Expanding Cabinet: the key questions

Prime Minister Tuilaepa Dr. Sa'ilele Malielegaoi recently announced plans to increase the size of the Cabinet.

In a story titled “P.M. plans to increase the size of Cabinet,” which was published in the November 21, 2020 edition of the Samoa Observer, Tuilaepa announced that the Government will amend the Constitution in the next Parliament sitting to increase the size of the Cabinet from the current 13 to 15 ministerial portfolios.

He said the Cabinet’s size had to be increased due to the increasing workload of the Government and made specific mention of the Ministry of Natural Resources and Environment [M.N.R.E.] and the Ministry of Education Sports and Culture [M.E.S.C.], which would be split into separate ministerial portfolios.

“A sensitive Government reacts to changes,” Tuilaepa said during his weekly media programme. “We cannot have a changing country and still keep the same laws. Laws must be amended to reflect major changes in Government from time to time.

“The goal is efficiency in the implementation of works in response to the needs of the country in terms of protecting lives.”

The plan by the Prime Minister to increase the size of the Cabinet wouldn’t be strange for a Government that uses the Westminster system. 

In democracies around the world governments increase the size of their cabinets for a variety of reasons. One of the main ones is the increasing responsibilities that come with governing the country, which Tuilaepa has highlighted as the reason why Samoa’s Constitution needs to be amended in order for that to happen.

Another reason is political patronage, which can be defined as the use of State resources to reward others for their political support, and would normally come into play during coalition government formation after a general election.

A political party that successfully returns the largest number of candidates after a general election, offers ministerial positions during negotiations with minor parties, in a bid to win their support to form a coalition government.

The Prime Minister says “increasing Government workload” is the rationale behind the proposal, and then adds that it can only happen if his Human Rights Protection Party [H.R.P.P.] is re-elected back to the Government in the 2021 General Election.

“That‘s if we come back,” Tuilaepa said. “There is another group who strongly believe they will be the ones to lead the Government. You’ve got to remember that with those things, it depends on God.”

But before Samoa goes down that path the country’s eligible voters and the public at large would welcome the Prime Minister and his Government providing answers to the following questions.

What would be the overall cost to public expenditure of expanding the Cabinet’s size by two ministerial portfolios through the recruitment of new staff, principal officers, assistant chief executive officers, chief executive officers, associate ministers and the minister?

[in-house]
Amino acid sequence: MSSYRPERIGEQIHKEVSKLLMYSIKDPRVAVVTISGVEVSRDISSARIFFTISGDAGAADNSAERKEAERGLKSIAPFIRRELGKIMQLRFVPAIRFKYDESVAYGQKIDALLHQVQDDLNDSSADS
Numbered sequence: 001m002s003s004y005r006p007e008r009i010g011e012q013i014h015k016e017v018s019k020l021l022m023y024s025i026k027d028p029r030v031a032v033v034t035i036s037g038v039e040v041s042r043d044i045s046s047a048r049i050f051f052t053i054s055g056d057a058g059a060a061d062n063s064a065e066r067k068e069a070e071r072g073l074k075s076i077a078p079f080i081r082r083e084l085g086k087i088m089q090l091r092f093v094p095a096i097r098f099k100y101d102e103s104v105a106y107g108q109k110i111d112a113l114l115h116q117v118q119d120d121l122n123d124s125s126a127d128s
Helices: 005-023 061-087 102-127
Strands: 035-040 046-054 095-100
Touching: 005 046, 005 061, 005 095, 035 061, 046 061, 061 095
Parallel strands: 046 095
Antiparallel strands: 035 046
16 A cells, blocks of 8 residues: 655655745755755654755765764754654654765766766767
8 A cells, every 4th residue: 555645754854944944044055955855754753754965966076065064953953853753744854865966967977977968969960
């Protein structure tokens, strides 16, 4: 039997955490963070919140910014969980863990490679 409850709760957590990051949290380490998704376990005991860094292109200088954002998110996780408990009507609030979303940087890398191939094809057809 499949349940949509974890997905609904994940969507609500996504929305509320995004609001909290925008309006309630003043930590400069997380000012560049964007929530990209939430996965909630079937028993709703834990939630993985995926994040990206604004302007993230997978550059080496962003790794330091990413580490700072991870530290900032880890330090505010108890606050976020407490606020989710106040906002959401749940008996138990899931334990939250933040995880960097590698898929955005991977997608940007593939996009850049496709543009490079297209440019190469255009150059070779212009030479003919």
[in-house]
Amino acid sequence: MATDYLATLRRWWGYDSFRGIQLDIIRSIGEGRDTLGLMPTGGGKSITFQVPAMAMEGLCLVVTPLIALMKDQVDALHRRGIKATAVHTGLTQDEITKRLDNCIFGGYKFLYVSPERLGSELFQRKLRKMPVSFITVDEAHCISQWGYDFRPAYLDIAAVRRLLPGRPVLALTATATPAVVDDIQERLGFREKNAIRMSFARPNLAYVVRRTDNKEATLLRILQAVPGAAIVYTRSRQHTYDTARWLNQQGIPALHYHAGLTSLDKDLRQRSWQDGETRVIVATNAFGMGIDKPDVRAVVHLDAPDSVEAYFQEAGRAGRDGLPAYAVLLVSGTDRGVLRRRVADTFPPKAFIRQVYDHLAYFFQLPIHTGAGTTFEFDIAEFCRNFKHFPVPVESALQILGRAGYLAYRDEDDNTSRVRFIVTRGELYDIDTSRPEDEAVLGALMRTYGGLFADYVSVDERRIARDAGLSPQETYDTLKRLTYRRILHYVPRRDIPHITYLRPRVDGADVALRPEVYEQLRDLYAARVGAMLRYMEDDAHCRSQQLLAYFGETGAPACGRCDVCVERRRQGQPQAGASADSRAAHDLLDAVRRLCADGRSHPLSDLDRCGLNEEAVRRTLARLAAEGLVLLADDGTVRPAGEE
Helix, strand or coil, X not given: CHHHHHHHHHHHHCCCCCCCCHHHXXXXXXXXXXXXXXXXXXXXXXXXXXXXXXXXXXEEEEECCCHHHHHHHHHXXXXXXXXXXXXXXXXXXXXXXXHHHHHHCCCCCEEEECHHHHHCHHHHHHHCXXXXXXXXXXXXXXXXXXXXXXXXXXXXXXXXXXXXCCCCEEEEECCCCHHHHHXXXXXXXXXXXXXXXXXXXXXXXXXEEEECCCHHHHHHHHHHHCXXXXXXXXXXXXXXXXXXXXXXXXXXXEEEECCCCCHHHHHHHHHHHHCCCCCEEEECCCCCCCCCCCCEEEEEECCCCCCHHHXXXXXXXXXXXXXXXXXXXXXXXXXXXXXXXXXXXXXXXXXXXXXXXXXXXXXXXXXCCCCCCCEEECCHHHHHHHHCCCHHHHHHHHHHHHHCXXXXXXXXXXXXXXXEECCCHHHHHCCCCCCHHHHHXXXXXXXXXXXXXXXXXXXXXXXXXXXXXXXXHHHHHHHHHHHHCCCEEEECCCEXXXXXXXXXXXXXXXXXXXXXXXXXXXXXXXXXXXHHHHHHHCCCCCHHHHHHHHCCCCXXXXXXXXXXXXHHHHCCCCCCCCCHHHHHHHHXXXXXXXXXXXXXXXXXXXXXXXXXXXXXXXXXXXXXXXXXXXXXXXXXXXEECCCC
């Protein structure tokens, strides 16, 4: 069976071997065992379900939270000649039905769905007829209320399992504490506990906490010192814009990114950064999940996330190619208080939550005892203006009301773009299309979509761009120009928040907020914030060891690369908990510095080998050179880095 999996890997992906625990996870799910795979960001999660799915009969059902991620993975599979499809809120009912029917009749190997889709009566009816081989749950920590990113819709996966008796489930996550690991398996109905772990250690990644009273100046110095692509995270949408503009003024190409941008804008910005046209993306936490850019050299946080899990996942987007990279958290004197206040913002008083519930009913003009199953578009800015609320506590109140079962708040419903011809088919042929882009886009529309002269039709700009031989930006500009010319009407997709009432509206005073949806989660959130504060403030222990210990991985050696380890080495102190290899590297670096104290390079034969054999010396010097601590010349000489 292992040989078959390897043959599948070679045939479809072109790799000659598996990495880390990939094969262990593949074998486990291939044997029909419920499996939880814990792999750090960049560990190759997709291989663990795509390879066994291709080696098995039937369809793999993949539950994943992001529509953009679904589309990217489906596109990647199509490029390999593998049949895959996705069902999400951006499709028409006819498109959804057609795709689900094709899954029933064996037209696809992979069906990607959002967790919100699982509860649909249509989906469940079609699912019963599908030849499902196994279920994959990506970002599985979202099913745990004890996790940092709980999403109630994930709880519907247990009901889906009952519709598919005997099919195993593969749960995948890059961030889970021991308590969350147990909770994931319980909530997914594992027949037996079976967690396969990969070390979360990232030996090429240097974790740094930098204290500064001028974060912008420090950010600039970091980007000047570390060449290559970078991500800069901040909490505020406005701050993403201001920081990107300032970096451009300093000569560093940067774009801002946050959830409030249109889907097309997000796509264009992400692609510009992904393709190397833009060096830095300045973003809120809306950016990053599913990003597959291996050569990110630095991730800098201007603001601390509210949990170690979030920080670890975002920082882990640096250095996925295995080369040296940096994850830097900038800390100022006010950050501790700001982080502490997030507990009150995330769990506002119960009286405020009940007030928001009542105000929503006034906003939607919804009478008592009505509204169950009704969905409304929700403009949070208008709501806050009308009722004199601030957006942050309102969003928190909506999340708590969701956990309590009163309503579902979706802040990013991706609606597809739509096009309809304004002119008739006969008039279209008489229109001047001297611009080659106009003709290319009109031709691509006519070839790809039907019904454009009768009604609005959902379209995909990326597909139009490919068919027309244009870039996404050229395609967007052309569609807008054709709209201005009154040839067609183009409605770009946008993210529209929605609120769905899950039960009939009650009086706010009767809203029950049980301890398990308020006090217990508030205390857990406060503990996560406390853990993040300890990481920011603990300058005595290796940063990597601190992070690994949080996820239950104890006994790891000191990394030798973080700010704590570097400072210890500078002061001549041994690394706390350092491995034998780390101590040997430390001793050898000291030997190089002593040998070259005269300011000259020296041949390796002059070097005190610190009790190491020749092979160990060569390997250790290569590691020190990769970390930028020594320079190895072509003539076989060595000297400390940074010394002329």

Similarly is the country able to afford all costs associated with the creation of two new ministerial portfolios during an economic downturn brought on by the COVID-19 global pandemic which has single handedly dismantled Samoa’s tourism industry?

Was a review done on the effectiveness of the Government’s Associate Ministers in the current governance structure, to determine whether the performance of their associate ministerial responsibilities in critical portfolios such as the M.N.R.E. and the M.E.S.C. added value to the overall outcome of the Government’s service delivery track record?

And last but not the least is the expansion of the size of the Cabinet to 15 from the current 13 detrimental to the balance of power between the Executive and the Legislature where a large number of ministers on the floor of the Parliament at any one time of its proceedings increases the Prime Minister’s powers of patronage?

Ultimately, the proposed constitutional amendments as announced by Tuilaepa should be taken back to the people for consultation and dialogue.

We note the timing of the Cabinet expansion proposal’s announcement and wonder whether it was done deliberately to cajole the current lot of Opposition-aligned political parties to consider the H.R.P.P. as a coalition partner post-election.

For political parties to brush off the announcement as another banter by Samoa’s longest-serving Prime Minister is to do so at one’s peril, knowing the conversations that could take place behind-the-scenes between now and April.

But these are no ordinary times, juxtaposed against the backdrop of the COVID-19 pandemic that has literally strangled our economy, and impacted thousands of lives in the community.

Announcements by current and future Governments of plans to amend Samoa’s Constitution for whatever purpose warrants a second look to ensure leaders have the people’s wellbeing as a matter of priority.

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